If you do, you may suddenly realize the day after the Meet & Greet that you haven’t actually paid for your season tickets yet. Oops.

That’s done,  now. We thank the team for their patience.

We’re paid up. We’re ready. Season opener is May 17th – as in, a week from tomorrow. That was closer than usual.

50 home games again this year. Same seats, same manager, mainly different team. It should be interesting. It always is.

Yu almost made it

Wasn’t there an unwritten rule that you don’t talk about a possible no-hitter in progress? Did nobody tell the press? ESPN had a no-hitter watch on their crawl. Sheesh.

8 2/3rds of a perfect game. Unfortunately, it’s like winning 4/5ths of the lottery. You have to close it out. You have to get them all. Still…

111 pitches and only one Yu Darvish probably wants back. I guess that’s why a pitcher that plays good defense is such a find. Has anybody found one?

Still, an amazing outing and a win. Wins count, no matter how many hits you give up.

Next time, for sure.

Day three – Is this really cricket?

So, today is day three of Friday’s AirHogs – Diablos game, and hopefully, it will get finished this afternoon. Unfortunately, we have the same umpiring crew, so it could be a long afternoon. Friday’s game was under threat of spraying for West Nile virus (actually, against West Nile virus), so there was a hard stop in place – no inning could start after 10:15pm. (The usual curfew for the American Association is midnight, and I think we’ve hit that twice in four years.) As the game went on, I thought “What a stupid announcement. I haven’t seen a game go past 10pm all season and I’ve been to almost all the home games.” Oops. This was not a good thought to have.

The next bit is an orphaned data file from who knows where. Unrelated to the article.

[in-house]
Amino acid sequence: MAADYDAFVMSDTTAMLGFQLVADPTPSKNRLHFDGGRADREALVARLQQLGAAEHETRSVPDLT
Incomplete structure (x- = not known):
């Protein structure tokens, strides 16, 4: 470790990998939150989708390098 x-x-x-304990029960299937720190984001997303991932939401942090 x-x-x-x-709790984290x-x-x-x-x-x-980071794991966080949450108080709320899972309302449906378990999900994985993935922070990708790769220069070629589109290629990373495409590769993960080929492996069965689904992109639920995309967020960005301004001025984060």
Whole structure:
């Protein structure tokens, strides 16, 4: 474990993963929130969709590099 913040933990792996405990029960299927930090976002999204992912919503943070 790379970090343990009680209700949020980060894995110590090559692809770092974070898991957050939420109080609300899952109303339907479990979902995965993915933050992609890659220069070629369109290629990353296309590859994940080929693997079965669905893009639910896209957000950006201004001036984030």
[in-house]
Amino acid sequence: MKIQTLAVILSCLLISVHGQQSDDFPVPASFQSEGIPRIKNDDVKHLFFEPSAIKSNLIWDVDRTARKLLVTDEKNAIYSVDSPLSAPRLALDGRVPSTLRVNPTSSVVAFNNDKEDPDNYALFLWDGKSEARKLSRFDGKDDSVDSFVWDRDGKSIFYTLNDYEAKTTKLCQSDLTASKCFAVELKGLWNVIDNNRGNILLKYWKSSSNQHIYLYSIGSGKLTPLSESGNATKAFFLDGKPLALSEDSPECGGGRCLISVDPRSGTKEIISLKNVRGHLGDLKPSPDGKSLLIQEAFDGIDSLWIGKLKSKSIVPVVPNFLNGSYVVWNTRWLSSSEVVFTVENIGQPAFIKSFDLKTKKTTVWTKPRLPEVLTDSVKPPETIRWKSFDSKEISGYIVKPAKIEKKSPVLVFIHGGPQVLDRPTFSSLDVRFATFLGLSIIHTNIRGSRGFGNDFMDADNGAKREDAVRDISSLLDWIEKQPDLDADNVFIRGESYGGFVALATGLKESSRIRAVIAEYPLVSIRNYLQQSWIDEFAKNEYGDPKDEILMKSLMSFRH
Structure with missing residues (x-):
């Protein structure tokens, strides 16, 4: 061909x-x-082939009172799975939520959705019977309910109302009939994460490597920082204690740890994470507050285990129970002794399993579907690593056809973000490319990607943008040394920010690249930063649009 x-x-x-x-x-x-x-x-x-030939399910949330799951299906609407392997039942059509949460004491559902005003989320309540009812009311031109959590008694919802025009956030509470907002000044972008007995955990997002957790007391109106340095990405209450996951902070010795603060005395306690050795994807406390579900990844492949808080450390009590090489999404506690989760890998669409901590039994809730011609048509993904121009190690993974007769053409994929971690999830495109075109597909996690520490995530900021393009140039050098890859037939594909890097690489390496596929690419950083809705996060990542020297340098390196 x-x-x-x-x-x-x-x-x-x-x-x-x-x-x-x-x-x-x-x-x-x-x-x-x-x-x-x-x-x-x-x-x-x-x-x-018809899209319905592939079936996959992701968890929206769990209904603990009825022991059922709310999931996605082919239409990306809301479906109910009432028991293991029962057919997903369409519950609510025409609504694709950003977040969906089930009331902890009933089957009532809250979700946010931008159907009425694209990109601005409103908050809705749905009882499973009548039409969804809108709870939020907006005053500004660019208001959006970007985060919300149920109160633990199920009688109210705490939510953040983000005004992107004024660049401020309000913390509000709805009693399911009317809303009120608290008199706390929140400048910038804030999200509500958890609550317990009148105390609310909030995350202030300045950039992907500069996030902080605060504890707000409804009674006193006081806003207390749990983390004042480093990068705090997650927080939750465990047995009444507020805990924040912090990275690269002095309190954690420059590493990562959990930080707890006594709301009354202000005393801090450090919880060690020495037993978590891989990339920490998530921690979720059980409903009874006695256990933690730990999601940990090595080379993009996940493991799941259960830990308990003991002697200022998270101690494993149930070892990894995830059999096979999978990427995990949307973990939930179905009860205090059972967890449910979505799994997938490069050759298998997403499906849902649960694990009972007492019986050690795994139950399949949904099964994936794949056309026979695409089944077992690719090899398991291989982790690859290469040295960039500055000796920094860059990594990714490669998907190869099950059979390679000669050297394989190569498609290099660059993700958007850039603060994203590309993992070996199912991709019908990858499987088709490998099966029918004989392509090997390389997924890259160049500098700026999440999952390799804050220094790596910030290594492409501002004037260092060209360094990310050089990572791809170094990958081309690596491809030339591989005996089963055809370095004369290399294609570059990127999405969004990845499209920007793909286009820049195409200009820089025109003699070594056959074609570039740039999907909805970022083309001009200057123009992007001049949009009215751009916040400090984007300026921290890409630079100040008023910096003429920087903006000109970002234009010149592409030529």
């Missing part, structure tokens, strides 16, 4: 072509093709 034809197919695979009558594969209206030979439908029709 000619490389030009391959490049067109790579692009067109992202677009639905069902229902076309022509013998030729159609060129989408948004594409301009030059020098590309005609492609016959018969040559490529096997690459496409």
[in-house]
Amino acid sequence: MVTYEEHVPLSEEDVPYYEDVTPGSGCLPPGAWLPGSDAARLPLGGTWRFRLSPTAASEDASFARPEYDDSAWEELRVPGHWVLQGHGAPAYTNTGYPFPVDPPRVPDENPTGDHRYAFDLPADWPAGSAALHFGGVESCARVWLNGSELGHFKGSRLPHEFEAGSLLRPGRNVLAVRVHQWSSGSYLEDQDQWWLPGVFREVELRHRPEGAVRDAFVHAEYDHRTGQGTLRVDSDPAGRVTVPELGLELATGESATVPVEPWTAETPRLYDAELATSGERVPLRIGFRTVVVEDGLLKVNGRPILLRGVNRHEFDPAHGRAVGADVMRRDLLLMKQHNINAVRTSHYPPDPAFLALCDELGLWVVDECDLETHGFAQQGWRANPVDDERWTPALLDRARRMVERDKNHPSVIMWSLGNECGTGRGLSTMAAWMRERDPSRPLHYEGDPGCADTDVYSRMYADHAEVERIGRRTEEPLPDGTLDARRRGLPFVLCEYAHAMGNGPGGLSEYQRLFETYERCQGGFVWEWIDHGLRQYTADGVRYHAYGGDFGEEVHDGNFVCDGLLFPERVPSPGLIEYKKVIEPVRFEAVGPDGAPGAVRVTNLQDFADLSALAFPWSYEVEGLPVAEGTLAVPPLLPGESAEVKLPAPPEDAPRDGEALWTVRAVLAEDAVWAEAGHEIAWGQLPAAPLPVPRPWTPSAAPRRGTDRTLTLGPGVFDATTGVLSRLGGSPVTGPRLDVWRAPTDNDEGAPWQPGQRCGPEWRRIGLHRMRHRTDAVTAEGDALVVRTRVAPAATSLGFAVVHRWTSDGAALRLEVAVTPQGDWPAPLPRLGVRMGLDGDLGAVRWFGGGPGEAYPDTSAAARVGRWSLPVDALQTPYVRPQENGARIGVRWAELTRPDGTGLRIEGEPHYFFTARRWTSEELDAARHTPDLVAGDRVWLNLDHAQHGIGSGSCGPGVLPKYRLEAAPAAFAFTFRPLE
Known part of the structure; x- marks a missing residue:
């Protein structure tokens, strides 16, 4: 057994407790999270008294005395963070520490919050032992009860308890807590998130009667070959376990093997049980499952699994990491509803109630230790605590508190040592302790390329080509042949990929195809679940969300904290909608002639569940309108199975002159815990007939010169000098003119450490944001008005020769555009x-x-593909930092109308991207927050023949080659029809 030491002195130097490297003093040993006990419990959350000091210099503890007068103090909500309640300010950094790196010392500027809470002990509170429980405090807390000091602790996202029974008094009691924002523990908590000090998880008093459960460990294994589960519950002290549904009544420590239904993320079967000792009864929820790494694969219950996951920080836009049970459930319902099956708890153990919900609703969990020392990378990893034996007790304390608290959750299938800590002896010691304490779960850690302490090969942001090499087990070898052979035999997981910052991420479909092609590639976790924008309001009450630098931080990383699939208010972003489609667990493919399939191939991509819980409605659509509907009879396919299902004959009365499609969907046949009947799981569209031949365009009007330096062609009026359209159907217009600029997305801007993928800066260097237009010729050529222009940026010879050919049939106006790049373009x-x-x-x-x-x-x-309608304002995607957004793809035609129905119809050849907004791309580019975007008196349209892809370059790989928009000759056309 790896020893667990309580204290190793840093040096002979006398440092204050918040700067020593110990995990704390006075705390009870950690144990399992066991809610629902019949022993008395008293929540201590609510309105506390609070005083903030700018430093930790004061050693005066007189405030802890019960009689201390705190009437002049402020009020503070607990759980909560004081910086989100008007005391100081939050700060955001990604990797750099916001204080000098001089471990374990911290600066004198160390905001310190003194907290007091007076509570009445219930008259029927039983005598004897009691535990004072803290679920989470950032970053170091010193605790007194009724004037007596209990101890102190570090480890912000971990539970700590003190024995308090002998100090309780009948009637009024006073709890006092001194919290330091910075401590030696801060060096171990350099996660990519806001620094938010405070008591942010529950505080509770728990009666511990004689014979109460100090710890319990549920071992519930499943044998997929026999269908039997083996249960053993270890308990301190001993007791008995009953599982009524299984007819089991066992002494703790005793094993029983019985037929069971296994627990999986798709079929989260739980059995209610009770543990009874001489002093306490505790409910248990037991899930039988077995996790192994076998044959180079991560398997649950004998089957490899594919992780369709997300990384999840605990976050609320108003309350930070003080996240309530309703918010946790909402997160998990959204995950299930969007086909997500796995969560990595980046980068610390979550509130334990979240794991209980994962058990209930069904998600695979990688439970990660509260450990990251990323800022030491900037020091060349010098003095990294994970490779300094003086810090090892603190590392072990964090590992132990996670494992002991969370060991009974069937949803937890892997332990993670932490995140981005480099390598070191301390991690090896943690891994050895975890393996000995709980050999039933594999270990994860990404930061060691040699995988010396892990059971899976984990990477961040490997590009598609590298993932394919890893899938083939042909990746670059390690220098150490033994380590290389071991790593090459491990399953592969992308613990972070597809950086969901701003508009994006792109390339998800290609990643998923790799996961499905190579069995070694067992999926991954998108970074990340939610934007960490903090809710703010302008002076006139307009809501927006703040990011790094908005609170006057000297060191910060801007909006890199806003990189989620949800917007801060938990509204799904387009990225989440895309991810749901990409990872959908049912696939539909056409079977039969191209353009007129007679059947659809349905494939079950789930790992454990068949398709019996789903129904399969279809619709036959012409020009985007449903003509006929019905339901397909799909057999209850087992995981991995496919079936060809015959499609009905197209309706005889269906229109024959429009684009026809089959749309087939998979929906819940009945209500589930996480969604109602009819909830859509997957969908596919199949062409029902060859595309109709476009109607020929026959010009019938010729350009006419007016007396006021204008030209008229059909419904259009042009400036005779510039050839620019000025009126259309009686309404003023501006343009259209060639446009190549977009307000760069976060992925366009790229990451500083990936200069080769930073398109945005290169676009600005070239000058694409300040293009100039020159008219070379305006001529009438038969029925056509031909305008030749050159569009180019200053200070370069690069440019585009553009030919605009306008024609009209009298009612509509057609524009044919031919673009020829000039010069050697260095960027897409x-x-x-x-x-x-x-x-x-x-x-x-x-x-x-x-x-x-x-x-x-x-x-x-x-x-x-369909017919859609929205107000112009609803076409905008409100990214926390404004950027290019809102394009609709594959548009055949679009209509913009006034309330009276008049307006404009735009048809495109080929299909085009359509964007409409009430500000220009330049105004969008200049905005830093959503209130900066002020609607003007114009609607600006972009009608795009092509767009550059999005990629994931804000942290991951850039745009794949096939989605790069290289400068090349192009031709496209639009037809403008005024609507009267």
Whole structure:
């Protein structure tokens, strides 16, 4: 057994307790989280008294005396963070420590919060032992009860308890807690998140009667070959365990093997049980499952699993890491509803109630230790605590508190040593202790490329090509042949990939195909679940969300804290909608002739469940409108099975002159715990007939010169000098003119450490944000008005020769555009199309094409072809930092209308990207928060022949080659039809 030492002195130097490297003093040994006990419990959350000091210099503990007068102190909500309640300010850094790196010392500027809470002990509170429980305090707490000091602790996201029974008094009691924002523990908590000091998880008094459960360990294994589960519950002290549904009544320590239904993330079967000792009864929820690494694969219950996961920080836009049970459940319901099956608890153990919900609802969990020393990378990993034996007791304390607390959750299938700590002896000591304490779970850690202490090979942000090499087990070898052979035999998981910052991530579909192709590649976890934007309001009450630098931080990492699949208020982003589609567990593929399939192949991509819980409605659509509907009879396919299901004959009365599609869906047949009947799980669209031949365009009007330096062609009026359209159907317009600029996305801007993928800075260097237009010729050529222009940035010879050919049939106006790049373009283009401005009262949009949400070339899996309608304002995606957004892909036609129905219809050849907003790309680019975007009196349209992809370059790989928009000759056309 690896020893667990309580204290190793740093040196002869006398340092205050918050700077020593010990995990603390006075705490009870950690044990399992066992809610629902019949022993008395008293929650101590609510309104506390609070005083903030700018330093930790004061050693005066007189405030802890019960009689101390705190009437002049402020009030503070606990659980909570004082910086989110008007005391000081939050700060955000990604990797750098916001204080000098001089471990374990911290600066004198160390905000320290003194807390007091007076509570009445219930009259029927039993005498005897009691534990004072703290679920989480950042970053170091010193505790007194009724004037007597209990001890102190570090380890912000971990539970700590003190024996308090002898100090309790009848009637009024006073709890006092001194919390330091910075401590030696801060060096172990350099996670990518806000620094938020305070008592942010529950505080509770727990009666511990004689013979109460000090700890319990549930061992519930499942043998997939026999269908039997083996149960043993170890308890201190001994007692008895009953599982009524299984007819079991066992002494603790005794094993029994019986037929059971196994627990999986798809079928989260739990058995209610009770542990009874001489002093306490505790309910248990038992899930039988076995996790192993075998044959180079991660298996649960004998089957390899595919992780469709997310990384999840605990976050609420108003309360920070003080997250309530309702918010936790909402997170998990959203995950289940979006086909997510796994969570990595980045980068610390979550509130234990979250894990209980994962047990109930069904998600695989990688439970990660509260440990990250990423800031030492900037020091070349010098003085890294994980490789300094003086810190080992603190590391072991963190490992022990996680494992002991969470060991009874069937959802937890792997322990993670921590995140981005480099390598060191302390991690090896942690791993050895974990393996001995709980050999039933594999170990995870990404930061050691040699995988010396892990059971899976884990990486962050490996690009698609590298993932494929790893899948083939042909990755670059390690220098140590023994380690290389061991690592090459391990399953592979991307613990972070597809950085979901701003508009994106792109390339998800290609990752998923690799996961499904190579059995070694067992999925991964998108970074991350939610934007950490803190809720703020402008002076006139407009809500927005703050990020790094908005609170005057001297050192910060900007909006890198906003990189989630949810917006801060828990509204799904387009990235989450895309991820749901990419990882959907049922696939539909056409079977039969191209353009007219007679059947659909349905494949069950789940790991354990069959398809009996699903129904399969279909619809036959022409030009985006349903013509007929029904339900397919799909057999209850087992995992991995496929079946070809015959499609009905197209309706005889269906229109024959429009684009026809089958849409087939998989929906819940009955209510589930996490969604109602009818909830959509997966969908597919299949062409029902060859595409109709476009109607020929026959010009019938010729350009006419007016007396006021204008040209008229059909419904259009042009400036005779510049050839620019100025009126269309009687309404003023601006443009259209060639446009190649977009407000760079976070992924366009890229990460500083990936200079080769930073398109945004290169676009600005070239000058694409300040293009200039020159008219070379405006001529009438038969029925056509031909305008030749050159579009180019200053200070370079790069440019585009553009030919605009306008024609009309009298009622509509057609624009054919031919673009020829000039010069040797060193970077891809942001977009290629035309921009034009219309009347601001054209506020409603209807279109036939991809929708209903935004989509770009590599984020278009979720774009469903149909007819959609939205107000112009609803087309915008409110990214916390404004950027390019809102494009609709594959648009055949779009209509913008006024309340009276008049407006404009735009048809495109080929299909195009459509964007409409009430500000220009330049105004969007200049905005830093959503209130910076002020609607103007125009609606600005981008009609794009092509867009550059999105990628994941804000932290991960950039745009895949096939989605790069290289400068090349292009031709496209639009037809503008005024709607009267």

AirHogs are leading going into the bottom of the seventh, 9-8. There’s lightning in the sky. We’re about to have chemicals dropped on our heads by our local government. Surely, the umpires will just call the game due to poison. Nope.

AirHogs are leading going into the bottom of the eighth, 9-8. There’s still regular lightning. The poison planes are in the air, according to WFAA’s text message. Surely, the umpires will call the game. It was legal a long time ago, and the home team is winning. Nope.

Top of the ninth. Diablos have men on base, two out, two strikes. Justin Dowdy throws strike three. Game over!! Wait. The umpire says it’s a ball. WTF? Then, it happens AGAIN. Apparently, you need five strikes to get some batters out. The tying run comes in. Dowdy makes a gentle suggestion that the home plate umpire might want to visit PearleVision (I’m assuming.) He’s ejected. Hmm. Maybe he wasn’t talking about glasses.

Then, AirHogs are set down in the bottom of the ninth. Tie game. Still, we have a bit of momentum going. Oh, wait. The 10:15pm rule. Game suspended.

No problem, the Diablos are in town all weekend. So, continue game at 5:00pm Saturday to get it finished before the 7:00pm game is scheduled to start. On the bright side, it should be easy to park, since nobody will know that baseball starts at five and not seven.

Saturday, the heavens over Dallas open. Rain. If it were raining frogs, I would assume the umpires were just the first plague of many, but this is just rain.

The bar does good business. The snack stands do good business. Just after 8pm, everyone is told, “By the way, we’re not playing tonight.” Thank you, Captain Obvious.

The last time this happened, the team got a really nasty letter sent to them, the league and posted on their Facebook page. Apparently, some fans don’t know that baseball is not played in the rain, but they will wait until the absolute last moment to announce this. (The absolute last moment being about an hour to an hour and a half after the scheduled start.) If it is sprinkling, they may play. If it is pouring, have a beer and head for the exits. Trust me.